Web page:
Book Review: Blood Moon

Title: Blood Moon

Written by: Lucy Cuthew

Published by: Walker Books

Blood Moon

An excellent book which I highly recommend. Blood Moon follows astronomy lover Frankie and her experience of period shaming. During her first sexual experience with Benjamin from her class, Frankie’s period starts. They both agree it’s only blood and it isn’t an issue. The next day it is the talk of the school. Frankie believes Benjamin must have been bragging to his friends. Then a graphic meme goes viral turning their private intimate afternoon into something disgusting, mortifying and damaging. She blames her previously best friend, Harriet, as they recently had a falling out. The online shaming takes on a disturbing life of its own – the meme spreads to other schools, people in town recognise her, she is suspended from her part-time job at the planetarium and she starts to receive abusive and threatening messages. Frankie does not know where to turn or who she can talk to.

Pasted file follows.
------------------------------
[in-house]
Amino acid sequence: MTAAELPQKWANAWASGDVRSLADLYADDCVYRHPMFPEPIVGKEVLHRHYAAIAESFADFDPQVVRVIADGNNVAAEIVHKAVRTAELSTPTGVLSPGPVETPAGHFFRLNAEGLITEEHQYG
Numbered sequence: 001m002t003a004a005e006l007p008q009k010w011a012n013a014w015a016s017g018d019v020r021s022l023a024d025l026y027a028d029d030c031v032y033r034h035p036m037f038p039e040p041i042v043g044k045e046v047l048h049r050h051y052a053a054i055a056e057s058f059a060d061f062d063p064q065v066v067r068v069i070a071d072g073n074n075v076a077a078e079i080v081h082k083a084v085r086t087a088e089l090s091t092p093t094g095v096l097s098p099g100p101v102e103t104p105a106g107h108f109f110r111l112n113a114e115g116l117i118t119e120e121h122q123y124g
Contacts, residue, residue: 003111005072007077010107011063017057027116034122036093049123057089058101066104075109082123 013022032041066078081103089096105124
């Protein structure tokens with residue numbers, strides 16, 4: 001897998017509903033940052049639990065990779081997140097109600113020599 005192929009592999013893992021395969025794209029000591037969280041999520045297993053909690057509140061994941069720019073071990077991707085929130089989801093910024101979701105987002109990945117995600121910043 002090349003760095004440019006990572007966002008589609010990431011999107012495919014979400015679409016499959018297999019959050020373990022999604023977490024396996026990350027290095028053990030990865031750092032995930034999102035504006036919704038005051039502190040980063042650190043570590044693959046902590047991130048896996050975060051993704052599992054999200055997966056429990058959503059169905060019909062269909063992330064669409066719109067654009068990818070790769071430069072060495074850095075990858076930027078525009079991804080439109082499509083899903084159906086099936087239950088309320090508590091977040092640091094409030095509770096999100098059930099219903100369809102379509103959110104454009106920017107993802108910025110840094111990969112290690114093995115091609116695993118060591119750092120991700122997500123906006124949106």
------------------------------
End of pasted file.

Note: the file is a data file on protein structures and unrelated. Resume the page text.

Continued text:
The novel is Lucy Cuthew’s debut novel and is written as a poem, which includes messages through social media between friends. Described by Lucy as ‘a verse novel about periods’. There is a very powerful message to all about how people should not made to feel ashamed of their bodies. I found myself laughing and crying along with Frankie as she attempts to navigate her way through the devastation to her life that follows this horrible act of cyber bullying. I particular like the way Lucy puts dialogue and thoughts to the right of the page and friend’s comments to the left and the way she uses onomatopoeic writing to give her words more depth. I also like the metaphor between the forecasted blood moon, which she plans to watch and the turn of events.

The characterisation portrays real teenagers, living very real lives. It shows how friendships can change and teenager’s relationships with their parent’s shift. In my opinion this book should be made essential reading for all pupils to highlight the effects and seriousness of online bullying and would be ideal for discussion in PSHE classes. I look forward to reading Lucy’s next book.

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